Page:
Ikea, known for its thick 200-plus-page catalogues, has started integrating its print magazines into Pinterest. Not only does this give the catalog a longer life, it also creates a shoppable version. Users could populate their boards through product pins based on a questionnaire around item and style preferences.
Pinterest has been working to take the best offline brands online through their shoppable content. It gives users the opportunity to shop right from Pins, on boards, from search, and from the inspiration they find in the real world using Lens camera search. Pinners also have the option to get inspiration from Shopping spotlights, which showcase expert recommendations and trends from influential fashion and home tastemakers as well as publishers.
Balenciaga became the first high fashion label to drop in Fortnite by Epic Games. From its launch in September, players could buy digital outfits inspired by real-life Balenciaga pieces in a virtual version of a bricks-and-mortar Balenciaga boutique and the game’s Item Shop. A real-life Fortnite x Balenciaga series will also be available in select Balenciaga stores and at Balenciaga.com. One way was that fans who purchased the real-life apparel were able to unlock the Balenciaga outfits in Fortnite. While most of the merch (virtual and physical) had to be bought, some items could also be unlocked like in the case of Balenciaga’s Triple S Sneakers which can be collected in the Strange Times hub. There, players can also hang out with other fashionably minded gamers, change their looks with Changing Booths and add Balenciaga Fit Outfits to their inventory.
What “healthy” looks like can vary greatly from person to person. Fitbit based the premise of their ad campaign on the view that what some might view as a weakness can be a source of power. Moments of doubt become triumphs in the set of video spots they released in 2021. “What’s Strong With You?” is an emotional campaign and one that lifts the viewer.
With the conversation around mental health concerns picking up in the last year; what with the pandemic and remote working, Fitbit extended their premium subscription to include Fitbit Charge Five. This is a tracker that scores how ready your body is to handle stress. It uses an algorithm to look at your activity level from the previous day, along with how well you slept and your heart rate during your sleep. If your score is low, the device may suggest activities such as yoga, stretching, or a mindfulness session. A high score could lead to a workout suggestion.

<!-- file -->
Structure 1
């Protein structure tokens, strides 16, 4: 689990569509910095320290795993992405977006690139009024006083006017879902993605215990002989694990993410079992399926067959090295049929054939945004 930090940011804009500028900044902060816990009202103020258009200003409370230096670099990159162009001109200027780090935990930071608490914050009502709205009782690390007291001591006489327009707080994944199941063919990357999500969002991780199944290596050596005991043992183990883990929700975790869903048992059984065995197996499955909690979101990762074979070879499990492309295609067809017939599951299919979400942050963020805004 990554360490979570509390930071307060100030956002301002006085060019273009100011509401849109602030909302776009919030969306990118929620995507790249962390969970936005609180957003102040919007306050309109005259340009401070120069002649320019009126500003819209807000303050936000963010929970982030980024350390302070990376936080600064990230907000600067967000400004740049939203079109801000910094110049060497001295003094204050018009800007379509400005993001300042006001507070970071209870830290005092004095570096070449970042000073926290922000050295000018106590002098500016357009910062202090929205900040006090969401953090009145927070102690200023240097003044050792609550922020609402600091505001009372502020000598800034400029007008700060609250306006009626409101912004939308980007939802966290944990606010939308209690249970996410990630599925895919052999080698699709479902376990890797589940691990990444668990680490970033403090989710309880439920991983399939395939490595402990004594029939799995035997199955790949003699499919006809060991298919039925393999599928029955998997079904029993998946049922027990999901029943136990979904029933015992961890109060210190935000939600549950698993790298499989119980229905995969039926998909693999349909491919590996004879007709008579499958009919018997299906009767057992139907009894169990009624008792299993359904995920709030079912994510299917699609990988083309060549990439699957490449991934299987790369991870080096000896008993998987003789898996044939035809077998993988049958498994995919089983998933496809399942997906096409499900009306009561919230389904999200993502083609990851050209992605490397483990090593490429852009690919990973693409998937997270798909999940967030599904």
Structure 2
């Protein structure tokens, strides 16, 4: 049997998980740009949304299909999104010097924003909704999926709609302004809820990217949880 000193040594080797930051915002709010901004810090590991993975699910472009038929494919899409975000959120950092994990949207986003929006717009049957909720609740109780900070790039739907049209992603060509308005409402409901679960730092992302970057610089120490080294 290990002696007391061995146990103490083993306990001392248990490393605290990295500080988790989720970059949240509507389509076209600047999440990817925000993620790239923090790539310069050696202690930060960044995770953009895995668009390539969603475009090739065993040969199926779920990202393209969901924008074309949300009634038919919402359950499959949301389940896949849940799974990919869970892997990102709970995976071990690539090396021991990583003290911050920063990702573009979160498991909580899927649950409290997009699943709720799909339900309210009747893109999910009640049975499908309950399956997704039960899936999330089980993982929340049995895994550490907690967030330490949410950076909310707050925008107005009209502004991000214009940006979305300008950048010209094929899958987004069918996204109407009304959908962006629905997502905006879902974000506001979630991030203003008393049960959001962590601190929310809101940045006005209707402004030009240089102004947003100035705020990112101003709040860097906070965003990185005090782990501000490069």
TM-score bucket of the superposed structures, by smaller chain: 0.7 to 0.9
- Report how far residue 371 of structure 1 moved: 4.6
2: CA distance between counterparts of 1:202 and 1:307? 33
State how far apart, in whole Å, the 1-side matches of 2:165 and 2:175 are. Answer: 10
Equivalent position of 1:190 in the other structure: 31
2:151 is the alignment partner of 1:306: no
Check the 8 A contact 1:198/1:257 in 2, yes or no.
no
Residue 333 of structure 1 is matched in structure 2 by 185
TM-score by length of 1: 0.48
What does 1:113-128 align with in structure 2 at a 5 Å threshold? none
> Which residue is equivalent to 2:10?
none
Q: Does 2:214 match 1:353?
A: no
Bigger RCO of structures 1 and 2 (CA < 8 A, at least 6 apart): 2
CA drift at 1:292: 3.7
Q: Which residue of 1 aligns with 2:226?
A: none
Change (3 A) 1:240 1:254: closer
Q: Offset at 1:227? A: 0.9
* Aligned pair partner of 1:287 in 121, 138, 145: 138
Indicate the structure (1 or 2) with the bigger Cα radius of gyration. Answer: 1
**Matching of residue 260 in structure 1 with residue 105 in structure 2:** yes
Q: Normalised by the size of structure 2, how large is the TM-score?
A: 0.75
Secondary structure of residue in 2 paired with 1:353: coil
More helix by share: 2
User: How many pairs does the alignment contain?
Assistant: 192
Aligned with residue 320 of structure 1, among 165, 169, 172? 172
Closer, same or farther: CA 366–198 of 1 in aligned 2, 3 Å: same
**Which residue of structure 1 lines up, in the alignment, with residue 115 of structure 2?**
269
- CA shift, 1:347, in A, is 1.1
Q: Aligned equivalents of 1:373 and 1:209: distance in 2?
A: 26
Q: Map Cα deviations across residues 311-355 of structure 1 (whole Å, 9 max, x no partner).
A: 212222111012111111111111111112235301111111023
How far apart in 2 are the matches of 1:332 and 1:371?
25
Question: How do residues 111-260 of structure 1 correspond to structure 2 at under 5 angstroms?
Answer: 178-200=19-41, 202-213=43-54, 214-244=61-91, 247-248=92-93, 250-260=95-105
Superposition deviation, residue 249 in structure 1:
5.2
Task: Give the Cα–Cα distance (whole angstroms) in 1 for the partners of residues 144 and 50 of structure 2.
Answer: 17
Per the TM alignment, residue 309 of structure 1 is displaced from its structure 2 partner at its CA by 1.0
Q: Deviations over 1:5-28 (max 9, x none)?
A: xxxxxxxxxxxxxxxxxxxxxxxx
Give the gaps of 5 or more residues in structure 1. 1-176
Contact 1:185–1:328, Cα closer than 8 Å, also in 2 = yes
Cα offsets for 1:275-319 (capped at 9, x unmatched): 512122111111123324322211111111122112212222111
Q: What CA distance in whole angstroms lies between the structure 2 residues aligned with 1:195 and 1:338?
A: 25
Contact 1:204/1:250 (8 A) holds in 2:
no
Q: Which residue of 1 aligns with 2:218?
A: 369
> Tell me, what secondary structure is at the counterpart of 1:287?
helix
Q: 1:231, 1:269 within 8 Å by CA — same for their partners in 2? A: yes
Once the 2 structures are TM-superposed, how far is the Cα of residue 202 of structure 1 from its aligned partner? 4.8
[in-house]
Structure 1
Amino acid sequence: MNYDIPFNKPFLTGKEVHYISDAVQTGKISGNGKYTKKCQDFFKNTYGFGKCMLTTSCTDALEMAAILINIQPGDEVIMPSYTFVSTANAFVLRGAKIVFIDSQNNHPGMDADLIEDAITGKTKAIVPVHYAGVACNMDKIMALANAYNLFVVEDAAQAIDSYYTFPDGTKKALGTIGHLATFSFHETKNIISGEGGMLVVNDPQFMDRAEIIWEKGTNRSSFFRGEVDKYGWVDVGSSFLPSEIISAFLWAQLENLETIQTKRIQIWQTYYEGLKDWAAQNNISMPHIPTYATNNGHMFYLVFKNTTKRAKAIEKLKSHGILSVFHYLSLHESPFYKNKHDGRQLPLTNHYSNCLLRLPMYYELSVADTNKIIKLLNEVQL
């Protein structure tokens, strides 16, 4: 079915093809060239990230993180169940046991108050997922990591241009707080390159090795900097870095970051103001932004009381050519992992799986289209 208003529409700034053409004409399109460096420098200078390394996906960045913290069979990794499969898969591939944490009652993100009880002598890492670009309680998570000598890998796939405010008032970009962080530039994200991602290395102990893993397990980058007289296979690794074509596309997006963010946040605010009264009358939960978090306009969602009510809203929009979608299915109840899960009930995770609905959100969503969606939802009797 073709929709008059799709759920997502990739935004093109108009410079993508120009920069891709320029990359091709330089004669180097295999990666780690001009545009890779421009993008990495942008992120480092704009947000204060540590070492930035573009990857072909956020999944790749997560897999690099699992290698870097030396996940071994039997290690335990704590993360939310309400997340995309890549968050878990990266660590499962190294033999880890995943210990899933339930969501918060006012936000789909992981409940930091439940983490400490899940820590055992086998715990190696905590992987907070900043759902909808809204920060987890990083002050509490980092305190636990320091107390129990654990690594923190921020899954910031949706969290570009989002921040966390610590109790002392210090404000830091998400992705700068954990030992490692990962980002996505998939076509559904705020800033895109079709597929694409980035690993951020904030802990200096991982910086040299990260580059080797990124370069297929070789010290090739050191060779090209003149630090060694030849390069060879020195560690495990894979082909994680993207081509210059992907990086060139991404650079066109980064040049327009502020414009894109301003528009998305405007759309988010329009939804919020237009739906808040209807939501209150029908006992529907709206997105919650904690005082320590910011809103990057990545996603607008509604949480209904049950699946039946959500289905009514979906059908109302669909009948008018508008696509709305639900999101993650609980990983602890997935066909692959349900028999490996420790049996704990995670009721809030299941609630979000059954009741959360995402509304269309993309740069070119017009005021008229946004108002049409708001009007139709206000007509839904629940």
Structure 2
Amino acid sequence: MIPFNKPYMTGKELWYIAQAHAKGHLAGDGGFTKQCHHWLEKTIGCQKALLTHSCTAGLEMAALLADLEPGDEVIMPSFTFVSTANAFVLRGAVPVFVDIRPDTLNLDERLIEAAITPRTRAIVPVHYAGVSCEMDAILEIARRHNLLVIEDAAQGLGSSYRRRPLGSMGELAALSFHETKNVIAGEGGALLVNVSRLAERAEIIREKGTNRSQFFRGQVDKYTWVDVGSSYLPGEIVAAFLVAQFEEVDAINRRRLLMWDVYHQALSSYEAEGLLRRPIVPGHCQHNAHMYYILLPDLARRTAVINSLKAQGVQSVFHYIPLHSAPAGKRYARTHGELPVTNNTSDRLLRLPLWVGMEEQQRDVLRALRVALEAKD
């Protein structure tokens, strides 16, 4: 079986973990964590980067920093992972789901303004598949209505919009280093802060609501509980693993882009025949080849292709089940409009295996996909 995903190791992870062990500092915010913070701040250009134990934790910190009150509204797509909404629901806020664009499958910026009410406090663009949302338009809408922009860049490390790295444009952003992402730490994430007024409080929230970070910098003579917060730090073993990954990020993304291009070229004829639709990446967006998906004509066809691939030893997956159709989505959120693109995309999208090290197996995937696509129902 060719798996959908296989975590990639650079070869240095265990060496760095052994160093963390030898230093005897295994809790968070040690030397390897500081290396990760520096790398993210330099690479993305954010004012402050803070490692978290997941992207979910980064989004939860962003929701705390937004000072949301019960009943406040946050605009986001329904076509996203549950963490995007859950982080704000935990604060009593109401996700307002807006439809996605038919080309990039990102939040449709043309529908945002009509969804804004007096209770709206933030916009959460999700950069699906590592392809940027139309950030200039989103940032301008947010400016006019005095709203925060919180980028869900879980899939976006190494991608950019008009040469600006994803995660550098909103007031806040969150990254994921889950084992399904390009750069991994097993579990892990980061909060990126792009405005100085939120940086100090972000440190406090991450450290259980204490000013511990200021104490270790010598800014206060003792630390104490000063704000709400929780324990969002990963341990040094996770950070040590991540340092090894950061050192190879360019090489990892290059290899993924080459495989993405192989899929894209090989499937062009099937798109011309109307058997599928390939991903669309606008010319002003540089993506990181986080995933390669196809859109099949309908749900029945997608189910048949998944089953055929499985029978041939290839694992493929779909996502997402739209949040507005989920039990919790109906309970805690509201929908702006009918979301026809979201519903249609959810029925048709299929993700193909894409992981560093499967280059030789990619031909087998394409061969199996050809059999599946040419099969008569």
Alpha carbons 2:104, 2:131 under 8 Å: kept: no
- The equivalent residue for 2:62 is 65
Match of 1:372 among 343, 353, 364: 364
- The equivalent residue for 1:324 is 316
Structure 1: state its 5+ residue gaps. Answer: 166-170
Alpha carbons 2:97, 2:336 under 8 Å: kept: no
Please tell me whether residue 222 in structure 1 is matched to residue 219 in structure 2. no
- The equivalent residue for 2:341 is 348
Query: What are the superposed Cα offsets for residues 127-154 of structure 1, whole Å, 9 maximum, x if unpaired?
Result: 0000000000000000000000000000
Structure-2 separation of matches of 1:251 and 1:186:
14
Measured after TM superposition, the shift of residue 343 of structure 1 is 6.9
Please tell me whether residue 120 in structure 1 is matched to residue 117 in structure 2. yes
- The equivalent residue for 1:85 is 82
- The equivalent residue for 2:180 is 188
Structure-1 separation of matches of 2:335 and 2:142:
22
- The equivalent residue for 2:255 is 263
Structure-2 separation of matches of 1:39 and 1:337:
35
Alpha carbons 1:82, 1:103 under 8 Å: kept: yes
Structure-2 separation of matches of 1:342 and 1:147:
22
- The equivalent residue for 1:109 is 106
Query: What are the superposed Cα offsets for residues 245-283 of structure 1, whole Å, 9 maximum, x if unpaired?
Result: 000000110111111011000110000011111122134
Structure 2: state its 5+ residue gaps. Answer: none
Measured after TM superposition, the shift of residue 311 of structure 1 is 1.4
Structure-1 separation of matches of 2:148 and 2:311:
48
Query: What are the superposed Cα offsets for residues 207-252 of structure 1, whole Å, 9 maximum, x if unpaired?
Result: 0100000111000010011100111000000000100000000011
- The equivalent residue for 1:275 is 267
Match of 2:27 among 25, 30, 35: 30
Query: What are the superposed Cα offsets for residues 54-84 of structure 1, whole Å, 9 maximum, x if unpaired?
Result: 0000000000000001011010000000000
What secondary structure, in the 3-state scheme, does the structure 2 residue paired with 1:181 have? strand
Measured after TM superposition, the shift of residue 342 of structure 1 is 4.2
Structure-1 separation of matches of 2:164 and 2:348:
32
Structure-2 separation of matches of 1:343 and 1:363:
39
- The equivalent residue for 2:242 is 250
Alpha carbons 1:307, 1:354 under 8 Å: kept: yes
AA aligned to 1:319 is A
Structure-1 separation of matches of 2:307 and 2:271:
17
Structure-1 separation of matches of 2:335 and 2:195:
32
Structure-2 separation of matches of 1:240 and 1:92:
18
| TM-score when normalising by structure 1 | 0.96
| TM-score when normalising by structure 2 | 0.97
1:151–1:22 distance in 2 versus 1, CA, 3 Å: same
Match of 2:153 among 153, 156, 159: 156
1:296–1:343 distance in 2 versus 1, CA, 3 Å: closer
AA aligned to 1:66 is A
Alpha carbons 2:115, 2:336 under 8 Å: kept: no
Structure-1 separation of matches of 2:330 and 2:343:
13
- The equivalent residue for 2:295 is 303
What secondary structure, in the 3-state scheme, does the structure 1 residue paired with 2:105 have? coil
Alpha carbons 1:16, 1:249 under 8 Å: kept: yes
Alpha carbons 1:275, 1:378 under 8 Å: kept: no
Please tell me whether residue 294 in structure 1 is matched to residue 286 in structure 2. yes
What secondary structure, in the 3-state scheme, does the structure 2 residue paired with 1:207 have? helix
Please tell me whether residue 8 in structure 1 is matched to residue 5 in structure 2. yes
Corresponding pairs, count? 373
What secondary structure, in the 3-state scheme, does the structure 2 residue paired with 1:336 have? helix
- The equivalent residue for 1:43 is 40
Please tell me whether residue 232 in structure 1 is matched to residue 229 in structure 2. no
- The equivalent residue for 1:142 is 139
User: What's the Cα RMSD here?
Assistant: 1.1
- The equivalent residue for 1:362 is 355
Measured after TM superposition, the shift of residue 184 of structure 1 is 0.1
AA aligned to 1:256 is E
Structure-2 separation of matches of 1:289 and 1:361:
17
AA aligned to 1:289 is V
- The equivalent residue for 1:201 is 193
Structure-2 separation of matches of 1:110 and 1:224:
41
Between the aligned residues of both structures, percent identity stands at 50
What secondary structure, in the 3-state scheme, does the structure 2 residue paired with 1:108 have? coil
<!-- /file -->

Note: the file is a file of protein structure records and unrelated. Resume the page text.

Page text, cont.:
Lego launched its first brand campaign in 30 years at the end of 2019 with “Rebuild the World” as a rallying cry for children to reimagine a more fun, playful and free universe. The tagline seemed like the perfect message when the pandemic hit. As a result, the campaign flows into its third year where it extends to celebrating children as the masters of creative problem solving.
According to the LEGO Play Well Study in 2020, the top five skills that parents feel are most important to their child’s future success and wellbeing are confidence, resilience, communication, problem-solving and decision making. Lego uses this insight to drive the story of their ad campaigns where a knight attempts to cross a river to meet a friendly bear waiting on the other side. The knight keeps failing and so the whole town comes together to pool their varied skills, perspectives and talents to find a way to reunite the friends.
Emirates — SPECIAL MENTION
The advertisement by Dubai-based airlines Emirates caught the eye of social media users in August. The video ad showed a woman dressed as Emirates’ flight attendant shuffling placards with different messages about the services of the airline. After the last placard, the camera zoomed out and she is seen standing on top of 828-metre-high Burj Khalifa.
The original video racked up more than 115,000 views on Twitter, with many wondering if a green screen or other digital manipulation had been responsible for affixing stuntwoman Nicole Lundvik-Smith to the building. So much so that Emirates followed the ad with a behind the scene video to demonstrate that the video was indeed shot on the world’s tallest building.